First off, U.S. Skulduggery fans: No, these books haven't been published here. I ordered them from abroad. Hey, the U.S. publishing world gave up on this series and didn't want me to read these books, but I got around them. I feel like a the main character in a spy movie. Yeah, Angelina Jolie taking down the man.
My niece lent me the two Skulduggery Pleasant books I bought for her in March. To be honest, I found them slow getting into, in large part because there's more and more of a serial aspect to these stories now. In fact, when my niece handed them to me, she said, "They're really getting into cliffhangers." With a serial, it's hard to bring yourself up to speed if you haven't read the earlier books recently. There's a wide array of bad guys in the Skulduggery Universe, and, personally, I can't keep track of them over a long period of time. For instance, somebody named Lord Vile becomes important (again, I guess) in Death Bringer, and while the name rang a bell, that was all it did for me.
Both books did develop a certain...magnetic...aspect, though, drawing me back to them over and over. In large part, this is due to clever conversation. I would be hard put to recall the basic stories in any of these books. Many characters, however, are marvelously entertaining. Skulduggery Pleasant is a standout, of course, and he has had a big impact (some would say a bad influence) on his sidekick, Valkyrie Cain, who is the real protagonist in this series. But a wide array of secondary and even minor characters are clever and funny. Scapegrace the zombie, for instance. Valkyrie's parents. Her nitwit cousins. Clarabelle, who doesn't appear to be the brightest light in the sorcerer world. In fact, I'm not sure how she came to be part of it.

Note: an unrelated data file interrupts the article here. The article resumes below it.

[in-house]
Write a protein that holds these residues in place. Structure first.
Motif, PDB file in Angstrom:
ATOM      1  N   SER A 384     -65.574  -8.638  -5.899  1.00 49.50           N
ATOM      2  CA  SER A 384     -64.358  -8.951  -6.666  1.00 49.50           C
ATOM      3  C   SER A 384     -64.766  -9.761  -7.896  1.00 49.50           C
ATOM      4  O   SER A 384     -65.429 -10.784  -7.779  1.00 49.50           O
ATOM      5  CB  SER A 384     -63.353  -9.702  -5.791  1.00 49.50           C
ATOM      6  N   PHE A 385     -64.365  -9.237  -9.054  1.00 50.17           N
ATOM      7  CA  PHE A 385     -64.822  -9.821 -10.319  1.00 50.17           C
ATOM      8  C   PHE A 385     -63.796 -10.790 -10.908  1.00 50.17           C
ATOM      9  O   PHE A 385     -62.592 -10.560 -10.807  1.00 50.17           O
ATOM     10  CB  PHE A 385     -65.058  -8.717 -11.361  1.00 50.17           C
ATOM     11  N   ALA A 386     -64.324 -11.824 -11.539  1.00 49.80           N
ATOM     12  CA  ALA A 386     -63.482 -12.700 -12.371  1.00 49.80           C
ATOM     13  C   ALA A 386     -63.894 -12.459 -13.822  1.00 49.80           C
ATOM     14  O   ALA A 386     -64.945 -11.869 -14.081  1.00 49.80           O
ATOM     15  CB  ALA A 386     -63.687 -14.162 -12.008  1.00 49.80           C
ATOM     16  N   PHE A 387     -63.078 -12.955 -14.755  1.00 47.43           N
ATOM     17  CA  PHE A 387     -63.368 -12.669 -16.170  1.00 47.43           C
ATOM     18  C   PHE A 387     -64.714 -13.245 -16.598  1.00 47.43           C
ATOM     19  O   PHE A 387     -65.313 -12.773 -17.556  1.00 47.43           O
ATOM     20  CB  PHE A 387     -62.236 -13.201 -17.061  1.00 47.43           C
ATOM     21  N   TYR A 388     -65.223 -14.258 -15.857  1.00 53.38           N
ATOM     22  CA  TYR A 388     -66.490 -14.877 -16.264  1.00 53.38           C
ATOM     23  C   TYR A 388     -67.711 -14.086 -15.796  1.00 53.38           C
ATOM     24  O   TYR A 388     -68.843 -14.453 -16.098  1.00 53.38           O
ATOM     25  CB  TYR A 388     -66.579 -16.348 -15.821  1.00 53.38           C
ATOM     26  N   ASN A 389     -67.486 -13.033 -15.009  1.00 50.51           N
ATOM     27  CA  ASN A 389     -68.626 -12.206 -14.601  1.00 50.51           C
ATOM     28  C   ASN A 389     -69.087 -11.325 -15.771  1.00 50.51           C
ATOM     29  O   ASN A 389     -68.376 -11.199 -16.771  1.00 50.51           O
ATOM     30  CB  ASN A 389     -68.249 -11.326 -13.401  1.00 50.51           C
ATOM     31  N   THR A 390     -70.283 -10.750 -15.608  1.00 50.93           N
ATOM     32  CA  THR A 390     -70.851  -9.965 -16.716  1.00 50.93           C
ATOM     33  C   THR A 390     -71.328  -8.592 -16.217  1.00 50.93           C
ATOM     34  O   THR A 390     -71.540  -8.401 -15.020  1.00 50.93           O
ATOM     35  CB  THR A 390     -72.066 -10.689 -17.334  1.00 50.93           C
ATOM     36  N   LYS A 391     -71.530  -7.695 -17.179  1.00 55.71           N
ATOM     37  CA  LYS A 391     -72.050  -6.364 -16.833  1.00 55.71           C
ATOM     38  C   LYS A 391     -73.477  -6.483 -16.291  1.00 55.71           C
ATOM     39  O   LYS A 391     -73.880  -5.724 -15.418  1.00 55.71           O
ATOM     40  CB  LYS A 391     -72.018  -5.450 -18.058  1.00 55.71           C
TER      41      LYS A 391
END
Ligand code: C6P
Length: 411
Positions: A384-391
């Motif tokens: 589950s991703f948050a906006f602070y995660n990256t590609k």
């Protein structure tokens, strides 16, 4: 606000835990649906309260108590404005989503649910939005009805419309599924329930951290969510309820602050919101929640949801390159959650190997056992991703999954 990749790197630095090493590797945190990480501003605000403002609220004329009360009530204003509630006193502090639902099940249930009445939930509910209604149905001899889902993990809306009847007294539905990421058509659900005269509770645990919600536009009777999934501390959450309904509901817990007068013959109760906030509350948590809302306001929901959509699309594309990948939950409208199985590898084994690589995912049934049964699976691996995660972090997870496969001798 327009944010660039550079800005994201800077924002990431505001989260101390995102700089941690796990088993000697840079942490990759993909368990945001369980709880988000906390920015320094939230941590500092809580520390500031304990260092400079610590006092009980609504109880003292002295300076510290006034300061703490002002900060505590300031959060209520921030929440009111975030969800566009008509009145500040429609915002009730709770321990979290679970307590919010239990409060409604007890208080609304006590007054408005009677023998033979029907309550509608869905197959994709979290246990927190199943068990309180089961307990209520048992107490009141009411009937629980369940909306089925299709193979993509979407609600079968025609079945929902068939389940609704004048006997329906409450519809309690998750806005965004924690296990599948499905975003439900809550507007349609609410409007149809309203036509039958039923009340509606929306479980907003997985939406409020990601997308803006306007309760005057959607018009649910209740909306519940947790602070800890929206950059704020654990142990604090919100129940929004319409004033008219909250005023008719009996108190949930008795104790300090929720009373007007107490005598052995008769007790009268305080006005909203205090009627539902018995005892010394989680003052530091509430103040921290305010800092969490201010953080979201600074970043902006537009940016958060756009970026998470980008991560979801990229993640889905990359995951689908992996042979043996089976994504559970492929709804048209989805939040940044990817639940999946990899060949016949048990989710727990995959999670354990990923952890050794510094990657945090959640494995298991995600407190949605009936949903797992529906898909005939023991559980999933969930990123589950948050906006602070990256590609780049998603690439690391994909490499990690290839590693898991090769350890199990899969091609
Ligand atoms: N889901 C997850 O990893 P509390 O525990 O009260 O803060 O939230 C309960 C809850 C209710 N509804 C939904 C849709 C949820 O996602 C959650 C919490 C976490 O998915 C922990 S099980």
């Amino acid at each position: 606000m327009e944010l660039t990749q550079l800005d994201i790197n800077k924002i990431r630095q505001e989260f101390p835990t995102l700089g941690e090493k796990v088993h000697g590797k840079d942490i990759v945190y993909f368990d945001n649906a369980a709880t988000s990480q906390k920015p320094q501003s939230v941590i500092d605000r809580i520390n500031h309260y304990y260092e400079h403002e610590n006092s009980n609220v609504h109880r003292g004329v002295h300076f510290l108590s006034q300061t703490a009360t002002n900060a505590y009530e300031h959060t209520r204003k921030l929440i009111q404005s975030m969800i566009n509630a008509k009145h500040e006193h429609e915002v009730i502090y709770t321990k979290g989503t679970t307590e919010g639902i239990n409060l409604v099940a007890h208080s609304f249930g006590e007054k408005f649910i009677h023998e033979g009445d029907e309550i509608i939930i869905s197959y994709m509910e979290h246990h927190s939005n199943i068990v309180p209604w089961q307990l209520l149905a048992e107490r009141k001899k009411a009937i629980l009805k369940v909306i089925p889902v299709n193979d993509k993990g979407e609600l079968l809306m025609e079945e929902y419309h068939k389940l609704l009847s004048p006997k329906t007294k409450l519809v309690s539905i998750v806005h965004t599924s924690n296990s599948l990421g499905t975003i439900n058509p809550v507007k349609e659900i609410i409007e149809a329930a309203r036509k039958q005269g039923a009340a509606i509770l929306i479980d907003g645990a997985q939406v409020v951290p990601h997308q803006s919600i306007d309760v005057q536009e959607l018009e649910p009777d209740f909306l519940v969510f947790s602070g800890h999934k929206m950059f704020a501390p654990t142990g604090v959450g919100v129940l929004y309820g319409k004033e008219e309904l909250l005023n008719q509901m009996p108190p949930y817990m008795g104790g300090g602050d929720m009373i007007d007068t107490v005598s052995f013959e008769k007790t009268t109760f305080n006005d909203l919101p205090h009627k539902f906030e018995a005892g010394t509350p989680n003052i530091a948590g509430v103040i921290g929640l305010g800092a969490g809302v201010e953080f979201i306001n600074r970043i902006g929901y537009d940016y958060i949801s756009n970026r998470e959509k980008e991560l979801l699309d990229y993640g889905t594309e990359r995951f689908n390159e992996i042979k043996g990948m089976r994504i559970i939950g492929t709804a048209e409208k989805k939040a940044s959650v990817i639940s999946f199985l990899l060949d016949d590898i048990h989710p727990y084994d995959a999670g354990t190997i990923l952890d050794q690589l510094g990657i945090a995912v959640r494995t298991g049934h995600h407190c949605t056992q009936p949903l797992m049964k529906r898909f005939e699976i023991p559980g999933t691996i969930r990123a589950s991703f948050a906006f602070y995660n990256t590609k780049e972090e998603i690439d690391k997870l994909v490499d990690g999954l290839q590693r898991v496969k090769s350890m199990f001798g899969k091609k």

Wit and humor are what carries these books. The plots, no so much. The sixth book, Death Bringer, includes an incredibly clever thread (I hate to even call it a subplot) that rips into Twilight's Edward Cullen big time. It's brilliant. I appreciated it a great deal. But it really doesn't have anything to do with the book's basic story, which involves an attempt to kill half the world's population. In fact, this book has a torn-between-two-lovers scenario that I suspect only exists so Landy can make fun of Twilight. Hey, I love making fun of Twilight as much as the next person. More than its many fans. But here the pleasure I took from the humor was distracting.
Here's a fascinating thing that's happening in these later Skulduggery Pleasant books: Valkyrie Cain is becoming more and more unpleasant. I suspect that some of this attitude of hers was always there, but she's now becoming just plain nasty. She has a sort of shadow person who lives her mortal life for her so she can be off saving the world from paranormal bad guys without upsetting the folks. By the fifth and sixth books, Valkyrie is treating it like...yeah, mud, let's say. We may find at some point that this is due to some kind of envy because the duplicate gets to be part of the family Valkyrie has to leave, but in the meantime, Valkyrie is really awful to it. She's pretty dreadful to the two boyfriends. She has the...mud...beaten out of her by a character who is seeking revenge for all the cruel taunts Valkyrie has directed toward her in the past. Valkyrie doesn't seem to get that she had a part in bringing that down upon herself. She tosses around the words, "Shut up" and "Moron" as if they are fine examples of witty repartee, which they most certainly aren't, in case anyone is wondering, not even here. She is turning into a very unlikable main character.
I like that. I find it intriguing. Where is Landy going with this? Or is he going anywhere with it? Does he find her as unlikable as I do, or does he, indeed, believe, "Shut up" is the soul of wit?
I suspect that Landy is intentionally going dark and unlikable, because I recently learned he has started a new series featuring Tanith Low, a character from the Skulduggery Pleasant Universe who went over to the side of evil in a big, big way. He is doing a whole series with a main character who is a bad guy. This flies in the face of Writing 101, where writers learn that protagonists must be likable so that readers will want to identify with them. This is fascinating.
I now want to know how dreadful Valkyrie is going to become. I broke down and ordered book seven in the Skulduggery series, Kingdom of the Wicked, which just goes to show that unlikable characters can sell books.